2024 NBA Finals: Jaylen Brown's defensive brilliance helps curtail Mavericks' formidable 3rd-quarter rally

BOSTON — Derrick Jones Jr. was ready to lift off Thursday night and switch all of TD Garden into airplane mode. He planted the right toe of his highlighter orange sneaker on the charge circle, then caught Luka Dončić’s lob with two hands. These have been the dimes Dončić tossed above the Western Conference playoff bracket that Dallas conquered to reach these NBA Finals. Here was another poster as part of another herculean Mavericks comeback. Until Jaylen Brown said otherwise.

The Celtics’ All-Star forward had been lurking along the baseline, shading his coverage toward Maxi Kleber, who was parked in the left corner. “I was the low guy. I was on some of those bigs. You don't want to give up lobs,” Brown said. “That's one thing that we made an emphasis on.” Dončić has feasted on finding Jones, Daniel Gafford, Dereck Lively II and whoever else has leaped toward the rim this postseason. Brown and Kristaps Porziņģis, in a mighty return from his calf injury, plus Al Horford and Derrick White, with his routine rim protection for just a 6-foot-5 guard, combined to shield the basket from any aerial Mavericks attack during Boston’s 107-89 Game 1 victory. The lob to Jones that Brown denied was Dallas’ only such attempt of the evening, and the Celtics rejected as many shots (nine) as assists Dallas tallied.

Brown not only rejected Dallas’ high-flying wing, but he recovered to block Jones a second time with 2:28 remaining in the third quarter. “I was able to cat-and-mouse a little bit,” Brown said afterward.

A minute later, when Kyrie Irving skirted around Jrue Holiday, Brown refused to allow the Mavericks’ silky scorer a clean chance to break out of a shooting funk in front of his former home crowd. The fans booed on every dance of Irving’s dribble, and he missed all five of his triples and finished just 6-of-19 from the floor, one miss thanks to Brown’s acrobatic swat after leaving his assignment — another Mavericks big man in Gafford. “He can just do everything on the basketball court and he has, like, no weaknesses on both sides,” White said.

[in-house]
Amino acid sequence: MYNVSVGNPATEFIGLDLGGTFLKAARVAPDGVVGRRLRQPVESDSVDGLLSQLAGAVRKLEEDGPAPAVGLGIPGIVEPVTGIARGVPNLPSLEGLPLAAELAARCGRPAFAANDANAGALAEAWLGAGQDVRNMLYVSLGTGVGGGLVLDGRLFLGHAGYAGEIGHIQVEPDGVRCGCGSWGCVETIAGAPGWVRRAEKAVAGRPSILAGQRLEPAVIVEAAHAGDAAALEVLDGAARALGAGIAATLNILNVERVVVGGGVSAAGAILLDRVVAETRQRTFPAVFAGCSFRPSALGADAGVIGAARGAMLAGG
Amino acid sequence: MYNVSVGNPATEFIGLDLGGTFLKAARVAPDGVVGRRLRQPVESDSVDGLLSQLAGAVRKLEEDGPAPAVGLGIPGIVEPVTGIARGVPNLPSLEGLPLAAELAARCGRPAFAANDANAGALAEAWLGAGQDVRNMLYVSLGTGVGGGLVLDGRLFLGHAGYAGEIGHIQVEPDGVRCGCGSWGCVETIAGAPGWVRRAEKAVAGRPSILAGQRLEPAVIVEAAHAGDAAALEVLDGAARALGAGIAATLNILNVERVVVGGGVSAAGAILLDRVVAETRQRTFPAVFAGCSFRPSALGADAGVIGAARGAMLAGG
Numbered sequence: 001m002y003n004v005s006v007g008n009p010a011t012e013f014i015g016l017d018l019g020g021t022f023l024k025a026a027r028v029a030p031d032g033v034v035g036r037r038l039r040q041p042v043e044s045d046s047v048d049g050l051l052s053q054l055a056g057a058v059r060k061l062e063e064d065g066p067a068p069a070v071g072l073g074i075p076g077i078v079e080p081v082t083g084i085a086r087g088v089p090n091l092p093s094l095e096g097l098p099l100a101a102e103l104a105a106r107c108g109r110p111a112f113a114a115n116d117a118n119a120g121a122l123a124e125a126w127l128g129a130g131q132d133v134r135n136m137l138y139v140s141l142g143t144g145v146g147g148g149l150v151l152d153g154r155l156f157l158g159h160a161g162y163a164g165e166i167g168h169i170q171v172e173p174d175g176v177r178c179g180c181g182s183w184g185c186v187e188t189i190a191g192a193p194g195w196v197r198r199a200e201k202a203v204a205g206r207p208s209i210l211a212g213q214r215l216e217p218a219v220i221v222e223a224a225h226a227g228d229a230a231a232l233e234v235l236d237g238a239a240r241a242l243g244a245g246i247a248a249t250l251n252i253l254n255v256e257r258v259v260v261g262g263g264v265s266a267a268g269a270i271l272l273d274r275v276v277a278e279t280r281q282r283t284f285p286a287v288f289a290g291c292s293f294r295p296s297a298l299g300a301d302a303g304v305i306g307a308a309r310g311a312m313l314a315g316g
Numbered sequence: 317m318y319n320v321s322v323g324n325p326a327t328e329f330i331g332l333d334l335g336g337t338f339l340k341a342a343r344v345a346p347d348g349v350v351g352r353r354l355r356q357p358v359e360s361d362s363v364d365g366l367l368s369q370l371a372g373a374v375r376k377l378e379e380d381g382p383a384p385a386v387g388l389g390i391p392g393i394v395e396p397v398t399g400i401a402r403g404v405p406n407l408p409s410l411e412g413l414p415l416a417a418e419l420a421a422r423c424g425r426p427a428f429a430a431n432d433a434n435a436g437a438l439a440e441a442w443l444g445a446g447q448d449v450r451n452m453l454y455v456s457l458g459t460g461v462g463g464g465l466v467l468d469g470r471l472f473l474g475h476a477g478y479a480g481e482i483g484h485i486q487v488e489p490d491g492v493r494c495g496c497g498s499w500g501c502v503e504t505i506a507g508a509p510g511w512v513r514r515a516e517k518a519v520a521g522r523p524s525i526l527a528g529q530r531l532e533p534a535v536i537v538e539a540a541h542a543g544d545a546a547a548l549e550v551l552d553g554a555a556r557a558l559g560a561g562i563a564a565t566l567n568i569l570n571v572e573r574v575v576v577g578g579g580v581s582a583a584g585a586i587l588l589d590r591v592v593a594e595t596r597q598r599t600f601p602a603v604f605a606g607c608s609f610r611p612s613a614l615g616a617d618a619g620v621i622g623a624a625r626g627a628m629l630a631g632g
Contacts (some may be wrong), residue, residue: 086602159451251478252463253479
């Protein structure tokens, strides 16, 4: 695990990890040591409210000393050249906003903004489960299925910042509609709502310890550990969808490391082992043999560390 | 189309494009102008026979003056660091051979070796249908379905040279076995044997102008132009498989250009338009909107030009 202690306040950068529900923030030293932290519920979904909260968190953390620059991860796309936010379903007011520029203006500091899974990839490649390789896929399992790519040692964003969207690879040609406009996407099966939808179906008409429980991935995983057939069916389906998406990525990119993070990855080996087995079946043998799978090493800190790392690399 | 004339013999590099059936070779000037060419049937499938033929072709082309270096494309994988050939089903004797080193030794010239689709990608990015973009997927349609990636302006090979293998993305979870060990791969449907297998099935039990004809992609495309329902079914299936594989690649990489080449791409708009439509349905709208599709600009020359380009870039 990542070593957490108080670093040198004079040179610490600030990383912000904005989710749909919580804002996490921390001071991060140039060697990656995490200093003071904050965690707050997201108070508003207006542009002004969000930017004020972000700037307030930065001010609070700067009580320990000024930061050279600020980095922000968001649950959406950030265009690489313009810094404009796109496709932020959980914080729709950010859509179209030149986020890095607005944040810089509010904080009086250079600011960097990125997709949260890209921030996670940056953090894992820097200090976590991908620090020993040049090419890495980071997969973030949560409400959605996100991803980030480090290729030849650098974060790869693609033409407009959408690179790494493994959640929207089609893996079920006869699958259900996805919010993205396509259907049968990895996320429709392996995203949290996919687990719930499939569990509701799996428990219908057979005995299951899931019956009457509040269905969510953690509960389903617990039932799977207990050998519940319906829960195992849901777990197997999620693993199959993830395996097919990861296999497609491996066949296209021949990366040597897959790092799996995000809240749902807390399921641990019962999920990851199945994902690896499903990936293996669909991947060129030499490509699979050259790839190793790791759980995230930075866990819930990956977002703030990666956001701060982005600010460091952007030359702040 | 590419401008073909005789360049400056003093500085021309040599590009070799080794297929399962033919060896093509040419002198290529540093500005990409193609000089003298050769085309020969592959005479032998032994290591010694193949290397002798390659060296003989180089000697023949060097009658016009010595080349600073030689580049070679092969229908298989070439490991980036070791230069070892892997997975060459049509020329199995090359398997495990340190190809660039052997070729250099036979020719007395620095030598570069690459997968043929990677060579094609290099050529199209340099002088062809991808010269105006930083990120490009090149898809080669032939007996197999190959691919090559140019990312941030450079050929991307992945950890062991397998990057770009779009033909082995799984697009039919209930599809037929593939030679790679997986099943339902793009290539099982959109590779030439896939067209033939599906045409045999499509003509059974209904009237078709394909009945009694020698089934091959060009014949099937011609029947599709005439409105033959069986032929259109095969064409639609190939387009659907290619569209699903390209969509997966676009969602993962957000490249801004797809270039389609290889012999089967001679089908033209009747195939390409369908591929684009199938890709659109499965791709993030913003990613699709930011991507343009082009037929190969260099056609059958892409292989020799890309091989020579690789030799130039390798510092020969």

Indeed, Brown also paced Boston in scoring, his 22 points included a poster dunk and hard drives through the paint along with two 3-pointers. Brown added three steals, too, one where he picked Dončić’s pocket in the backcourt, the two young phenoms alone on an island before a sea of green and white, and Brown stole a runway for another two-handed jam. “JB's unreal on the perimeter,” said White. Brown’s three blocks in the third quarter were pivotal in helping Boston build back a 20-point advantage after the Mavericks trimmed what was a 29-point difference down just eight points with 4:28 to play in the stanza.

“What you saw tonight is kind of the challenge he took for himself coming into the year,” Mazzulla said.

Brown wants the other team’s toughest matchup, and there he was opening the game on Dončić. Brown has said of all the shade he’s endured — from cracks about his handle stemming from Boston’s 2022 NBA Finals loss to Golden State, to Stephen A. Smith’s recent controversial claims about Brown that went viral — it was his absence from any All-Defensive teams that has stung him the most. It was a preseason goal of his, now 27 years old and playing his seventh Finals game Thursday, the 120th postseason game of his eight-season career.

BOSTON, MASSACHUSETTS - JUNE 06: Jaylen Brown #7 of the Boston Celtics dunks the ball against Daniel Gafford #21 of the Dallas Mavericks during the second quarter in Game One of the 2024 NBA Finals at TD Garden on June 06, 2024 in Boston, Massachusetts. NOTE TO USER: User expressly acknowledges and agrees that, by downloading and or using this photograph, User is consenting to the terms and conditions of the Getty Images License Agreement. (Photo by Maddie Meyer/Getty Images)